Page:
June 20, 2013

NPR’s Planet Money team had a great story on Morning Edition about clean water in Kenya and interviewed one of our field staff, Evan Green-Lowe about our Dispensers for Safe Water project.

The story didn’t include all the numbers, but the relevant comparison is that across multiple studies like this one, households who have chlorine available individually use it roughly 10% of the time, while the communal dispensers boost that number to over 40%.

They wonder why it isn’t 100%, but changing human behavior is hard.

I did an informal poll around IPA headquarters and found about 60% of us have bags of salad rotting in our fridges at home. At the grocery store, we have the best of intentions to eat healthily, but once we get home…

My office doesn’t seem to be alone, by the way. According to this report from the UK (PDF): “the food that is bought and then thrown away uneaten in the greatest proportion is salad; in the UK 45% by weight of all purchased salad is thrown away (60% by cost).”

Back in Kenya, Evan told Planet Money, "I've had malaria five times now … I have a bed net hanging above my bed, and I don't use it."

Human behavior is complex. All of us are fighting ingrained habits, the pressures of daily stress, limited attention spans, and the like. Given the number of factors influencing our behavior, most behavioral scientists are thrilled with even a small change – and IPA is very happy with the dramatic behavior changes we have been able to achieve in Kenya. The chlorine dispenser program has seen an increase in chlorination rates from very low levels to almost half of households with access chlorinating their water via dispensers right now. As the story concludes:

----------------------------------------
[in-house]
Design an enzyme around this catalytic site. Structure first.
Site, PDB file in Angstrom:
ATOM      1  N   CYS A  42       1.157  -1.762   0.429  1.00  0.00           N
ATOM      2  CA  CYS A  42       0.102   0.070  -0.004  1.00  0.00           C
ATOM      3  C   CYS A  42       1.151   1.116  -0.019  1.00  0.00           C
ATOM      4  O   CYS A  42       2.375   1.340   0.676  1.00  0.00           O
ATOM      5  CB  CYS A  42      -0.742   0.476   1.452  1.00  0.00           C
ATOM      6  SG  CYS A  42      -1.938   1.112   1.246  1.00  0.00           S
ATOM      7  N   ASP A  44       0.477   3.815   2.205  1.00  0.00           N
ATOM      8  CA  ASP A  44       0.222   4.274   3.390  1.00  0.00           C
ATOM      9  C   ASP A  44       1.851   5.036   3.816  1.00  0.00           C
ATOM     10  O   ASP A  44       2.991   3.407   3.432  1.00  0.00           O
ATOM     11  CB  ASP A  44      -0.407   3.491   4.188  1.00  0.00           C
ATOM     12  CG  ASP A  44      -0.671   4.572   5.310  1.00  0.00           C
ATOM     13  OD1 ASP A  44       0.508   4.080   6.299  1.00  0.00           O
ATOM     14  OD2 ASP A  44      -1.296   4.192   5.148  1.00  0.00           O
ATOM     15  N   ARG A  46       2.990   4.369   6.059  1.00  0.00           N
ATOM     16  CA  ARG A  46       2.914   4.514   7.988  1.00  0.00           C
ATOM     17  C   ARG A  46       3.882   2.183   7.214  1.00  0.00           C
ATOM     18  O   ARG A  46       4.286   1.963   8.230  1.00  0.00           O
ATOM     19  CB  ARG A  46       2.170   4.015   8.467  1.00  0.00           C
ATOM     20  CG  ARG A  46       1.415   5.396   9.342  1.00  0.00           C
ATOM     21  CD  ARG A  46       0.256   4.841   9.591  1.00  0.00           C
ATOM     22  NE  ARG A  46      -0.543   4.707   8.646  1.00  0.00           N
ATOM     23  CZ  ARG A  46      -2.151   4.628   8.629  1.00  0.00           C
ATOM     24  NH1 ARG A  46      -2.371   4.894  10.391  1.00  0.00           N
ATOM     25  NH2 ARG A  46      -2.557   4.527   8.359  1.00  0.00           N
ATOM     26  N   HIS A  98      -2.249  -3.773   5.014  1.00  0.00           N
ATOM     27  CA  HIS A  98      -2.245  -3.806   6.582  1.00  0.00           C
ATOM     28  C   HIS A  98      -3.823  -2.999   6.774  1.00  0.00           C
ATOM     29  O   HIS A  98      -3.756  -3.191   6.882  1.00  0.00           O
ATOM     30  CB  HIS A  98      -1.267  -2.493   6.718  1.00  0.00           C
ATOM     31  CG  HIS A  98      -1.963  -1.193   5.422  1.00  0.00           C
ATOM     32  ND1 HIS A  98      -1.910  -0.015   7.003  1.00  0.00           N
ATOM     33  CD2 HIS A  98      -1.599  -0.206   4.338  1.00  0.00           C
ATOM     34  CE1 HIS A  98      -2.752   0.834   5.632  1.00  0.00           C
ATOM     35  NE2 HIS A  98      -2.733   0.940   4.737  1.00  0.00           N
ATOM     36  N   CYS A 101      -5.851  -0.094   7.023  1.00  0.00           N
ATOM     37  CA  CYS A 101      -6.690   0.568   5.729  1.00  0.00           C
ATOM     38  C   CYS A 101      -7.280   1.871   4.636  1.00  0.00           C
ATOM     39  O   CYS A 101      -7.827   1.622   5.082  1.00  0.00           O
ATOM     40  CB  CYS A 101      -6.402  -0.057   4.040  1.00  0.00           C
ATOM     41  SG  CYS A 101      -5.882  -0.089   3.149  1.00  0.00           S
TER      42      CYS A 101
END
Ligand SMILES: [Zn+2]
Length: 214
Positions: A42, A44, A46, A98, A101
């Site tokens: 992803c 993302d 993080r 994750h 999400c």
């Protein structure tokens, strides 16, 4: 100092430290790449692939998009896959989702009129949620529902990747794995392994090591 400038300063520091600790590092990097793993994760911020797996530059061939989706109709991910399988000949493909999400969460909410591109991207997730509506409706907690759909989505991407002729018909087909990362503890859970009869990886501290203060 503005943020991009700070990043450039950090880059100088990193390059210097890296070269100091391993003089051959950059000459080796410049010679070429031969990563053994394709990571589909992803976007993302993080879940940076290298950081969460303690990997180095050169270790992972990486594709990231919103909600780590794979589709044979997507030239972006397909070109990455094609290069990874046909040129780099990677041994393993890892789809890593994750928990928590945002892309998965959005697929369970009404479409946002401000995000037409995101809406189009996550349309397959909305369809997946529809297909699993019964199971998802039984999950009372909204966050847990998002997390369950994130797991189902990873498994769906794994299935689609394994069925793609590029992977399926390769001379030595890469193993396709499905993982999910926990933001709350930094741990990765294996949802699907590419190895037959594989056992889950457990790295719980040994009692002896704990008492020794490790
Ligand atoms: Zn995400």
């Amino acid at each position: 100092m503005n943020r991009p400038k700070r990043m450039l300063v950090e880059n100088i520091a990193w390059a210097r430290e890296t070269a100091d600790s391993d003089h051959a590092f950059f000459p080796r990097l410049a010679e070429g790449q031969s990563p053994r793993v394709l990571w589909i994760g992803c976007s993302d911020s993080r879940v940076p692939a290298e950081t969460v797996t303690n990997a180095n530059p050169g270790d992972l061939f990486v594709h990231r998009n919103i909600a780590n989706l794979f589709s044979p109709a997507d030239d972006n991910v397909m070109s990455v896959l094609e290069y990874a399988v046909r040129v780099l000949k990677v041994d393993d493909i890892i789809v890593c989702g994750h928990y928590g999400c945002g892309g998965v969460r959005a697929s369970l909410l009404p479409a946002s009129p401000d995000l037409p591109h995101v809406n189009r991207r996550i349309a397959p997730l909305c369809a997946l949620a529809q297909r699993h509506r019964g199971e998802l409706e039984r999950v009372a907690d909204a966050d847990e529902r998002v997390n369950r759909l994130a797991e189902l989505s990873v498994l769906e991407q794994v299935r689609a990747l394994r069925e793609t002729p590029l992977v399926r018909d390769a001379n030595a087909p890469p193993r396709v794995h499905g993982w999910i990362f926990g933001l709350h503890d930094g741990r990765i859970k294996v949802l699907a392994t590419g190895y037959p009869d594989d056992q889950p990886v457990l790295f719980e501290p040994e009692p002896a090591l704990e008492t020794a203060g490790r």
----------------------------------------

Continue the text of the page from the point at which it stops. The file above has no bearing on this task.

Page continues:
People everywhere — in rural Kenya, in New York, wherever — just don't always do all the things we're supposed to do. The developed world has solved the water problem by essentially taking people out of the loop: We pipe clean water to everyone's houses. But it's going to be a long time before that happens in rural Kenya.

For now, taking people out of the equation isn’t realistic, but we’ve found that dispensers are the most cost effective broad scale solution at 50 cents per person at scale for a year’s supply (see this chart from J-PAL or the full brief here). We’re expanding the dispenser program to reach almost a million people, thanks to a new grant from USAID, and experimenting with new ways to boost usage of existing dispensers. For example we’re testing effect on usage from spreading the word through respected figures in each village, having community meetings before the dispensers are installed, and different combinations of incentives and SMS reminders to the people who promote the dispensers at the community level. We’re also learning from our dispenser operations in Uganda, where so far our pilots have been incredibly successful.

Once we hit on the magic formula to maximize safe water access, then maybe we’ll be able to do something about those vegetables hiding in the back of our fridges.